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Independent contractor working from home
Hayley Eyer
Dec 16, 2020
Business Development

Do I need a business license to freelance?

If you’re seriously considering taking up a career in freelancing, you’ll also have to factor in the operational side of your operation. One common concern is whether or not you’ll need to apply for a business license. The answer is: it depends. 

You’ll need to check with your local chamber of commerce or government agency. They'll be able to provide more details about if you need licensure to comply with city regulations. As you launch into your voyage of discovery, we’ve covered some of the basics. 

What is a business license? 

A business license is a governmentally issued permit to legally conduct commerce on local, state, or federal levels. It illustrates that you’re a) qualified to perform your professional duties (keeping the public safe) b) adhering to local regulations, like zoning. 

Business licenses are important, as it allows the government to ensure that companies are running above-board and aren’t abusing the public. It also makes it easier for the government to track and monitor your cash flow, so you can better report your taxes. 

The license you apply for may vary depending on where it was issued or the type of business you’ll be conducting. Before you apply for your license, you’ll need to register your business entity. While there are lots of different types of organizational structures, let’s focus on the two most common structures that apply to freelancers. 

Sole Proprietorship

A sole proprietorship is well-suited to one-person businesses. It means that the business will be labeled as your name, and there will be no legal distinctions between you and the business. The benefits of selecting a sole proprietorship are:

  1. You’ll get to pocket all of the business profits.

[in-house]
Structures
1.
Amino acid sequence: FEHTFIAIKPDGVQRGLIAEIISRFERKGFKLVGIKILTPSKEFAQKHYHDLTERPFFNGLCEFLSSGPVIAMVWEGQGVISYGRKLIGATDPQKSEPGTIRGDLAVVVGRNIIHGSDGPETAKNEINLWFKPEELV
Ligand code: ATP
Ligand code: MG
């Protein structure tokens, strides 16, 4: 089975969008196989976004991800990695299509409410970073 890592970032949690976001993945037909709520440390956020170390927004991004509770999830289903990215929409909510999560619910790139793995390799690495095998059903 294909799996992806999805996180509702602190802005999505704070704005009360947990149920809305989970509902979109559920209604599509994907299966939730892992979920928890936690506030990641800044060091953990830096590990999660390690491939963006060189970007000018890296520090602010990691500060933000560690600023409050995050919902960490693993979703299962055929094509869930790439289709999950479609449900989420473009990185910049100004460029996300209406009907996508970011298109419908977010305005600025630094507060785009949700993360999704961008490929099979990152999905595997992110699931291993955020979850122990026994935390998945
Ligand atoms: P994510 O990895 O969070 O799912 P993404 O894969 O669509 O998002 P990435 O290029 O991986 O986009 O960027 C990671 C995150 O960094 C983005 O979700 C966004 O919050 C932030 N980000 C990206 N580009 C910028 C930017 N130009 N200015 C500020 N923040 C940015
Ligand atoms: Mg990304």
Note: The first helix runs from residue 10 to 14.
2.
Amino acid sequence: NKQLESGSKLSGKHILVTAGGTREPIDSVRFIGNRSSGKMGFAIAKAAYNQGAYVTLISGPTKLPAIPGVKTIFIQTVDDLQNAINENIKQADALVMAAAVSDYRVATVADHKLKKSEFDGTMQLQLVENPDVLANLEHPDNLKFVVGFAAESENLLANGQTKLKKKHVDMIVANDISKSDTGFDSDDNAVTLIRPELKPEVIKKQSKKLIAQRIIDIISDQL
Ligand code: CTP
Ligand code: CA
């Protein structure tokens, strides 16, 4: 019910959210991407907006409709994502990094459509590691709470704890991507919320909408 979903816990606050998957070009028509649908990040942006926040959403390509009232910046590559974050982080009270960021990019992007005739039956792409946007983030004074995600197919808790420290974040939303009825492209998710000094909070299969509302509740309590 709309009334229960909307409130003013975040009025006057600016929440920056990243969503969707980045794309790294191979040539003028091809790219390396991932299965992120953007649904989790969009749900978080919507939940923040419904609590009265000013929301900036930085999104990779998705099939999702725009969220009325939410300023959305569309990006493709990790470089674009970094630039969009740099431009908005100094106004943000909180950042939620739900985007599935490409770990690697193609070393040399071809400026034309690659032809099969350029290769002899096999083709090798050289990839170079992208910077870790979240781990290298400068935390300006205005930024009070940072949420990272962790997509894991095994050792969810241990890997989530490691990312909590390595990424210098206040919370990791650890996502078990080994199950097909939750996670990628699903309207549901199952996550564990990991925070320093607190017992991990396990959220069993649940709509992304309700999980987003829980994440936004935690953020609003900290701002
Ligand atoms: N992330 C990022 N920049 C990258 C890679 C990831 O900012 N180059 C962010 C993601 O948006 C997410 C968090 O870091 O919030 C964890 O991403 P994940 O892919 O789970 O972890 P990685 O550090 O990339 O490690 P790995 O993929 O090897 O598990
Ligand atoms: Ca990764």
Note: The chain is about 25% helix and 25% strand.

2. You often don’t need to apply for a license
  3. You can reformat the business however you see fit and it’s easy to make changes.

The primary downside of sole proprietorships is the concept of ‘personal liability.’ As there is no legal distinction between you and the business, you’ll be personally responsible for any professional mishaps the occur. That means your personal assets - like your house or car - are at risk in the face of legal consequences. Sole proprietorships are good for one-person businesses that have low risk of legal disputes. 

Limited Liability Company (LLC) 

An LLC is a hybrid between a sole-proprietorship and corporation. The biggest difference is the legal protection it affords to business owners. Benefits are: 

  1. You’re not personally at-risk for the company’s debts and liabilities. 
  2. You have flexibility in changing your federal tax classification

The costs are that 

  1. An LLC is more difficult to file for. 
  2. Your liability protection is limited.
  3. You’ll end up paying more in taxes than you would for a sole proprietorship 

If you’re planning on growing in to a bigger company with coworkers, an LLC might be the right choice for you. It’s also better suited to freelance businesses that do high-liability work.